Price skyrockets for Big Dig’s traffic-control system

| Wednesday, November 05, 2003

Since construction first started, the builders of Boston’s Big Dig underground highway have contended the route would include some of the most advanced traffic-monitoring and emergency systems in the country.

Now, the people building that system want more money to install it. A lot more.

Honeywell Technology Solutions Inc. is now asking for $234 million for the job, The Boston Globe reported recently. That includes a $93 million boost this year on top of a $37 million price tag hike last year.

The money is part of $600 million in cost overruns requested by contractors working on the project.

State officials are working through the $600 million in claims, as the higher charges are called.

"We pay what is fair and no more, and our track record thus far has been about 50 cents on the dollar" for the amounts the contractors claim, Matthew Amorello, chairman of the Massachusetts Turnpike Authority, told the newspaper.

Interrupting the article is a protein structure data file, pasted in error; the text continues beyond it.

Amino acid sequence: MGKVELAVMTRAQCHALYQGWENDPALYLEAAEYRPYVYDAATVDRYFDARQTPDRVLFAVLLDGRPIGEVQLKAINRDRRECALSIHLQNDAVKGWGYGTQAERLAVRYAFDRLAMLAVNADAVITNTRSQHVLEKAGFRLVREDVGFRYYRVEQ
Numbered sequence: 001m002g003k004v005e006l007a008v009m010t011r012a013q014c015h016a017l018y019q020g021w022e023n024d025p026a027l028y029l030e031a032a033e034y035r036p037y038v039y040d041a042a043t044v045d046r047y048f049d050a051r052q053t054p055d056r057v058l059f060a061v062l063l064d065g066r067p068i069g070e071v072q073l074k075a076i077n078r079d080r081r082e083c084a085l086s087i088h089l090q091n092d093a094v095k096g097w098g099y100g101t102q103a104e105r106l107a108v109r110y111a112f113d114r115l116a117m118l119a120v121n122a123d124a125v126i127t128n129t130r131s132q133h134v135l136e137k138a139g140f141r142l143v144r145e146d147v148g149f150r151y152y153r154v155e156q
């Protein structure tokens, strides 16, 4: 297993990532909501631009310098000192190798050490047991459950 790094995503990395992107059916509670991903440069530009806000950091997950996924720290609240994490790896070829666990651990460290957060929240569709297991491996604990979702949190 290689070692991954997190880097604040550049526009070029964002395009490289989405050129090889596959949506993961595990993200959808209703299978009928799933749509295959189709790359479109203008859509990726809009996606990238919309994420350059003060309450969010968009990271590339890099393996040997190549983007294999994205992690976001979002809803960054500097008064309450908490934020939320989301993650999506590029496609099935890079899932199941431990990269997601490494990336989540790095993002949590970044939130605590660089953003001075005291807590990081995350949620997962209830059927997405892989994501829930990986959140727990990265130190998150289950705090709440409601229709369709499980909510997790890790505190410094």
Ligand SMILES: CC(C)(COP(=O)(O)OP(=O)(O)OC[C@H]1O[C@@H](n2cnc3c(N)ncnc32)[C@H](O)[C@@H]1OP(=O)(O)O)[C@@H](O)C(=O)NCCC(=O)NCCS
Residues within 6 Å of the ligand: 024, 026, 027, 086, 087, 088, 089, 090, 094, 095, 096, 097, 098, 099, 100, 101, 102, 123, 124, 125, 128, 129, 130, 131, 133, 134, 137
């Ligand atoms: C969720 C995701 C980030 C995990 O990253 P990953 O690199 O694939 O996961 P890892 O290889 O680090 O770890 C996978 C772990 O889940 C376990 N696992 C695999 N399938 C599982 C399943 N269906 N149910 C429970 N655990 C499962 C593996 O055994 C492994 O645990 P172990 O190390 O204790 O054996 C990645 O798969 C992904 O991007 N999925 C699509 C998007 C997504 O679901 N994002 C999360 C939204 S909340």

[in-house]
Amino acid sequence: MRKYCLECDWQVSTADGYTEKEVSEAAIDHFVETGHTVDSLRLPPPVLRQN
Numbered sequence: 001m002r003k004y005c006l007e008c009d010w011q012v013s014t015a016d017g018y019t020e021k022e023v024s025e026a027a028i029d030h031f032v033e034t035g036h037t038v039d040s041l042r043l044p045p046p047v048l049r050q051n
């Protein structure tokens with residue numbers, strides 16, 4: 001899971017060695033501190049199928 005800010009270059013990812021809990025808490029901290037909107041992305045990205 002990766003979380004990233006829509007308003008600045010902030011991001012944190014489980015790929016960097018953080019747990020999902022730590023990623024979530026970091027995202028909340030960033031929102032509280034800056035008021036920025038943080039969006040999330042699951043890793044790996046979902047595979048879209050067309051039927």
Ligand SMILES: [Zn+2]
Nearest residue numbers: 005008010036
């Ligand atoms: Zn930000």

The Big Dig is the largest construction project of its kind in U.S. history. It will take the elevated interstates that currently lead into the center of Boston and replace them with wider, higher-capacity underground highways, including new tunnels and bridges to carry traffic over and under the city’s waterways. The Big Dig will carry portions of several highways, including I-93 and I-90. Portions of the project are already open to traffic.

The I-93 section of the project will be named the Liberty Tunnel, and the I-90 connector to the Ted Williams Tunnel will be named the O’Neill Tunnel after former U.S. House Speaker Thomas P. “Tip” O’Neill of Massachusetts.

Honeywell told The Globe that construction delays on some portions of the project delayed the company getting access, which in turn increased its costs.

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